• February 18, 2014
en

A tiny crack to achieve a flood

By Natalie H., from California - Alumni Thailand 2011- 2013.

“Heart’s Home cul­ti­vates a greater open­ness to those around us and to the invi­ta­tions of the moment. With this increase in aware­ness and recep­tivity, I find myself sur­prised by and rejoicing with God much more often.

A few weeks ago, just as I was get­ting off the bus to meet a friend in down­town D.C., she called to tell me that she was run­ning an hour late. A little annoyed, I started to think about how I would “kill” the hour. Peruse the used book store? Buy a snack in CVS and eat it in the park? As I started to get sucked into my own head and my own plans, a voice a few feet away broke me out of it: “Hello sir… hello ma’am… hello sir… hello ma’am…”. It was a home­less man sit­ting against a sign in front of CVS. I approached him to respond to his litany of greet­ings, really just to acknowl­edge his pres­ence. The last thing I had antic­i­pated for that hour was to share it and a Kit-Kat bar with a home­less man. He told me about his job inter­view prepa­ra­tion meet­ings the coming week, gifting me with his excite­ment about his dreams of a life turnaround. And he thanked me for stop­ping to talk; he said no one else in the last four hours had even looked at him. The next week when I walked down that same street, he jumped up like a child and ran to tell me that his meet­ings went well. Don’t we all need someone to share our good news with? And now that stretch of the street is a little more human for me, because I have a friend there.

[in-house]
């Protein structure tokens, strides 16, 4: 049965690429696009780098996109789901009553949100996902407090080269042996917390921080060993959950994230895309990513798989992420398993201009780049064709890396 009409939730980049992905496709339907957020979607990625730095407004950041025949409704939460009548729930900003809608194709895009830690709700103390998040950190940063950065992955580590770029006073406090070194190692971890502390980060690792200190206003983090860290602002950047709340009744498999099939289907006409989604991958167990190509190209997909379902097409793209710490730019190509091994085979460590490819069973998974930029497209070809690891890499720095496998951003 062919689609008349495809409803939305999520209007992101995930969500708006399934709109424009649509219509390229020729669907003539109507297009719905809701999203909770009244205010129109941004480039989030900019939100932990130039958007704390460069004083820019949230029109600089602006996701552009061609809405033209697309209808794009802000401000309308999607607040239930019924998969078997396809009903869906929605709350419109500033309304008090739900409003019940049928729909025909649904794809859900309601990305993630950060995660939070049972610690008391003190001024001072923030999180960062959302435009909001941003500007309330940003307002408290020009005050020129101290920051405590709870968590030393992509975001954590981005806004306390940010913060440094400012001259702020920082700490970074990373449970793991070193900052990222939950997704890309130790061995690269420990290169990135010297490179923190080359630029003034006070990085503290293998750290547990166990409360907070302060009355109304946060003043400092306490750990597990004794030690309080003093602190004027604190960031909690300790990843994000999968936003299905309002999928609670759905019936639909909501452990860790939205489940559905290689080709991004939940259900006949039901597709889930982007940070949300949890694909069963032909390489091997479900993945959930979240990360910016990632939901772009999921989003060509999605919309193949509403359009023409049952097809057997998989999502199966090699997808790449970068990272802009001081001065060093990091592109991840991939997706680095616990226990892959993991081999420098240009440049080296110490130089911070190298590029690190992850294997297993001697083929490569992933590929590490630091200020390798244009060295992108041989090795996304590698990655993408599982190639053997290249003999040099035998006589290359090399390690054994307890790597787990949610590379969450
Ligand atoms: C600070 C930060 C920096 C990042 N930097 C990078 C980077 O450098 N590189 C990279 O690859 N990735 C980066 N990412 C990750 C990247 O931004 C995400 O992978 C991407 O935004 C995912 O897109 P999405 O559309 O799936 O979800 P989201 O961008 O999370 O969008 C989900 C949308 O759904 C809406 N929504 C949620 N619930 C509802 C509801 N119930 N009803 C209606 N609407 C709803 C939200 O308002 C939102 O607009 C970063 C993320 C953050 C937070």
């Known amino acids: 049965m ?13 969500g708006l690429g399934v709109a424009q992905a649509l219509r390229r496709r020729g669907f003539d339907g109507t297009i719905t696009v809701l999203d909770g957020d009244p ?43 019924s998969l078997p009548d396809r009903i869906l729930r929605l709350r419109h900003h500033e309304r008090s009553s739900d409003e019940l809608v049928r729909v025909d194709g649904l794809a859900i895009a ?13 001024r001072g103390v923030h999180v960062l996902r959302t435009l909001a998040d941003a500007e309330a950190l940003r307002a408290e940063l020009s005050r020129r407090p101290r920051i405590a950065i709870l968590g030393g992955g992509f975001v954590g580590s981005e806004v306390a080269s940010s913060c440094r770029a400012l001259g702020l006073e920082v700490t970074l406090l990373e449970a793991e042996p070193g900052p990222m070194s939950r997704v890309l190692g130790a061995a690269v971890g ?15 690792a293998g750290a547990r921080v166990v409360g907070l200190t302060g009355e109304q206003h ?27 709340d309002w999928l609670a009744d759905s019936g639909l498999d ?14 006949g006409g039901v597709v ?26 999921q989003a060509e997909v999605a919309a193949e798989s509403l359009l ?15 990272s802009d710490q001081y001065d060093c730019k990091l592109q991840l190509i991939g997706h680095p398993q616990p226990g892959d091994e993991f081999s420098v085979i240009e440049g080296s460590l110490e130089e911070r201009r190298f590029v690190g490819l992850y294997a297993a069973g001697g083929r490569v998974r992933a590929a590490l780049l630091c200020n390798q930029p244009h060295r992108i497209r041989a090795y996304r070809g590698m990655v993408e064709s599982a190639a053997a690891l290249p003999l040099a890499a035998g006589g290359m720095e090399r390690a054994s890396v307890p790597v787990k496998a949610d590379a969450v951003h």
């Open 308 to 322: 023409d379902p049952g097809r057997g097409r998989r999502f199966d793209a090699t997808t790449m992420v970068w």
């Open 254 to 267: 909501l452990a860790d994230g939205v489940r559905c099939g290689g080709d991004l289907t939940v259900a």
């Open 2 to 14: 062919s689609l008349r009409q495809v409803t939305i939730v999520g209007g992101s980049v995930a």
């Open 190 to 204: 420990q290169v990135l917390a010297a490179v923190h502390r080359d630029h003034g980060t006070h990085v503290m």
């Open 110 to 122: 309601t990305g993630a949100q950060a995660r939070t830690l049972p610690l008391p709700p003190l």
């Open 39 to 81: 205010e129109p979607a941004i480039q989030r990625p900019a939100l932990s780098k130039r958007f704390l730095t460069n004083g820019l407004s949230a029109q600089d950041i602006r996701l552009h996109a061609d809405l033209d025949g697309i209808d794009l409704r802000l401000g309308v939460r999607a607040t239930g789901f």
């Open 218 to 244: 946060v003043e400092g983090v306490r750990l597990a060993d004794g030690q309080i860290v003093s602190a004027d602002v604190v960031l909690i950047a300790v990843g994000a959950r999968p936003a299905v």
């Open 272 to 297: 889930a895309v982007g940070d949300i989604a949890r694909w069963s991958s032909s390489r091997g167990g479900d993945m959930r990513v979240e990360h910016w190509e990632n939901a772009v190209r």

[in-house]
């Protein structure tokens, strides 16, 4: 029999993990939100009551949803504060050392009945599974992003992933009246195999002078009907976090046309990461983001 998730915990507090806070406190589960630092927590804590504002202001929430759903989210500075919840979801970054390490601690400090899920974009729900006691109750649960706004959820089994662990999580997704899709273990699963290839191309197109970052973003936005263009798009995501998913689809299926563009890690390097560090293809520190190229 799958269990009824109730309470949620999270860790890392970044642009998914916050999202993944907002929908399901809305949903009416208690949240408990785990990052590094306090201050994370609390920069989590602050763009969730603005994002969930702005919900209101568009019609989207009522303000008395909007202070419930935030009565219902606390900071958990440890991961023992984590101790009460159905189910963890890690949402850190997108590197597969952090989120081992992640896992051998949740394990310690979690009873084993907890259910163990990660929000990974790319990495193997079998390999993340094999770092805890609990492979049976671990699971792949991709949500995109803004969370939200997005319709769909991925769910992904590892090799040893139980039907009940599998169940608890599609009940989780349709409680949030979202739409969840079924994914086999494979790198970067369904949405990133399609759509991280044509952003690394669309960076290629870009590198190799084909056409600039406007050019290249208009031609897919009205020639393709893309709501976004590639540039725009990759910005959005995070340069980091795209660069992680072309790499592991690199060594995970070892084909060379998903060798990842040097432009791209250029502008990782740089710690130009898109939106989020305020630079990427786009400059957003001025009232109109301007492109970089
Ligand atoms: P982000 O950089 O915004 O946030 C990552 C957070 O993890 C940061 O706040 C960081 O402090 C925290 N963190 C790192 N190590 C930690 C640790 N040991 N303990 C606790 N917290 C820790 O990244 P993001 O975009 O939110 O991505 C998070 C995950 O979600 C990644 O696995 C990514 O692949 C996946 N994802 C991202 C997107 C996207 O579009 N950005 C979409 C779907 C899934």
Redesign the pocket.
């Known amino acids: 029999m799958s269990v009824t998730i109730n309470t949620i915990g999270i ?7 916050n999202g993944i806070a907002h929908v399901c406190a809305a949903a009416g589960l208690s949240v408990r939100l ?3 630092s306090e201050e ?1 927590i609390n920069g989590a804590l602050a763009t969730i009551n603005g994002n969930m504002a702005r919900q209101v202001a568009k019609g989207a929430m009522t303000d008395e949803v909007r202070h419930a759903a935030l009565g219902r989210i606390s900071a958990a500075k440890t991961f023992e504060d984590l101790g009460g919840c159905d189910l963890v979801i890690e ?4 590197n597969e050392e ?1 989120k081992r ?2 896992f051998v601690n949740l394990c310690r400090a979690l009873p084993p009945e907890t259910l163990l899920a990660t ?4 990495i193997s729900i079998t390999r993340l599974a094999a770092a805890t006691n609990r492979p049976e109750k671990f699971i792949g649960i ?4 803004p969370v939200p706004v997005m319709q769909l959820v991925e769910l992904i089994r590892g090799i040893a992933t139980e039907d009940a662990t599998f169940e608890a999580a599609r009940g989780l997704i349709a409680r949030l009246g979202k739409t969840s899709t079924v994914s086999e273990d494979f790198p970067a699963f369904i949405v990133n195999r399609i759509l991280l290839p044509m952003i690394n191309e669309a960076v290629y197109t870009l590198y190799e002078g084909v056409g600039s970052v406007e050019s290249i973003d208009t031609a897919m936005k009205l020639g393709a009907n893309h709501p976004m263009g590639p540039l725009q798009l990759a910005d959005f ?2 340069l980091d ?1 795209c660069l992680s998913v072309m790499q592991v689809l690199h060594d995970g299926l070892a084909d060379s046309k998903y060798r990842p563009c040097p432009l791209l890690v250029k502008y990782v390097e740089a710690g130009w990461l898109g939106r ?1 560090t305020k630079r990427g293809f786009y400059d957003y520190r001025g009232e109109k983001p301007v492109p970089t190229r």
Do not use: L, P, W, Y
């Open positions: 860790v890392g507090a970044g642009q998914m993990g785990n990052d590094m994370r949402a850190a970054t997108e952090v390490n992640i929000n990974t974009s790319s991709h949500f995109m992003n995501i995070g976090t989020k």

Also a couple weeks ago, I brought some flowers to the nursing home that I visit. I brought them for a woman I’d met the week before, who had really touched me and who didn’t believe me when I said I’d be back! I thought my deed was done when I handed them to her, but boy was I wrong. Upon receiving the flowers, she pro­ceeded to divide them up and then lead me around her floor (in her wheelchair) to give them to all those who were bed-ridden and most alone. She knew each one’s name, and intro­duced me to them all. Glory to God, who is able to do far beyond all that we could ask or imagine by his power at work within us (Ephesians 3:20).

My 18 months in Thailand taught me that God only needs a tiny crack in the dam to achieve a flood. If we open the door just a sliver, if we meekly whisper a ‘yes’, God will sur­prise us by taking our five loaves and two fish to feed a crowd—us included.”


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